PFAS: Pruitt Declares EPA will “Take Action” and Sets Four “Critical Steps” in Motion

DLA Piper
Adam Baas, George Gigounas and John E. Griffith, Jr.

May 23, 2018

The US Environmental Protection Agency (EPA) has begun its two-day National Leadership Summit in Washington, DC to address Per- and Polyfluoroalkyl Substances (PFAS) – a class of man-made chemicals that have been used since the 1950s in the production of a wide range of products that resist heat, stains, grease and water, including furniture protectants, floor wax, food packaging and firefighting foam.

The intent of the Summit, according to EPA Director Scott Pruitt, is to “bring together stakeholders from across the country to build on the steps we are already taking and to identify immediate actions to protect public health.”

The Summit attendees include representatives of 30+ states, 20+ agencies, 3 tribes, and dozens of industry and NGO entities.

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Issue Spotlight: Proper Hazardous Waste Storage And Disposal At Healthcare Facilities

Holland & Knight LLP
John S. Irving IV

June 4, 2018

With all of the regulatory obligations that hospitals and other healthcare facilities need to comply with, it might be easy to overlook an environmental law that can lead to significant trouble. Hospitals may find themselves in EPA’s sights over their handling of hazardous waste. Operators of healthcare facilities are encouraged to include this topic in their risk assessments and to consider environmental compliance audits.

The particular environmental law at issue is the Resource Conservation and Recovery Act, or “RCRA” (42 U.S.C. § 6901 et seq.). RCRA requires hazardous waste to be treated, stored and disposed of in compliance with permits and imposes recordkeeping requirements. It provides for civil penalties of up to $71,264 per violation and criminal penalties for “knowing” violations of up to two years in prison and a $250,000 fine for individuals, and up to five years of probation and fines of up to $500,000 for organizations.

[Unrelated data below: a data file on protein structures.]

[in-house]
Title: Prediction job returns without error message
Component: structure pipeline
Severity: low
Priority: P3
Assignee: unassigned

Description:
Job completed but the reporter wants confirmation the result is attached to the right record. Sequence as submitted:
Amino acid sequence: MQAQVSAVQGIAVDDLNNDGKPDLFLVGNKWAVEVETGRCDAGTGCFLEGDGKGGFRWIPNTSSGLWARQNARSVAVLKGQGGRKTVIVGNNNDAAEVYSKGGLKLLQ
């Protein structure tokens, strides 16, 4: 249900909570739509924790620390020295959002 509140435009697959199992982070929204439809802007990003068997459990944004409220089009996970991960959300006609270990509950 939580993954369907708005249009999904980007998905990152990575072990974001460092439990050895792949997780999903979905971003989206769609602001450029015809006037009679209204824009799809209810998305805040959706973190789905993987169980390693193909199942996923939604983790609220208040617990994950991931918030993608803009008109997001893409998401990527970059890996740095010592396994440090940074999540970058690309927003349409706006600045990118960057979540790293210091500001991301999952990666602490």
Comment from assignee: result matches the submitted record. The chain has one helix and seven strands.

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The Superfund Task Force: One Year Later

Dinsmore & Shohl LLP
Elizabeth T. Schindzielorz

May 31, 2018

It was this time last year that U.S. Environmental Protection Agency Administrator Scott Pruitt created a Superfund Task Force to “provide recommendations . . . on how the agency can restructure the cleanup process, realign incentives of all involved parties to promote expeditious remediation, reduce the burden on cooperating parties, incentivize parties to remediate sites, encourage private investment in cleanups and sites and promote the revitalization of properties across the country” under the Comprehensive Environmental Response, Compensation, and Liability Act, 42 U.S.C. § 9601, et seq., also known as the “Superfund.”[1] Approximately two months later, the Task Force produced a report with 42 recommendations which “can be initiated without legislative changes within the next year.”[2] The recommendations are intended to advance five overarching goals: expediting cleanup and remediation, re-invigorating responsible party cleanup and reuse, encouraging private investment, promoting redevelopment and community revitalization, and engaging partners and stakeholders.[3] The Task Force has published two quarterly reports since October 2017 to document its progress implementing these recommendations.[4] This article highlights two of the most recent updates to the body of Superfund guidance pursuant to Task Force recommendations.

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A Structured Guide to Soil, Air and Water Pollution Regulations in the USA

Beveridge & Diamond PC
James M. Auslander, Ryan J. Carra, Andrew C. Silton, Shengzhi Wang and Nicole B. Weinstein

May 1, 2018

Soil Pollution


What regime governs liability for soil pollution (including the allocation, transfer and limitation of liability)?

The Comprehensive Environmental Response, Compensation and Liability Act (Superfund) and similar state laws. The Environmental Protection Agency (EPA) lists sites on the National Priority List based on a hazard ranking system. Liability under the act and state laws is typically strict, joint and several, and retroactive, even to legacy contamination sites. States also implement voluntary clean-up and brownfields programmes aimed at remediating and reusing legacy contaminated soil sites.

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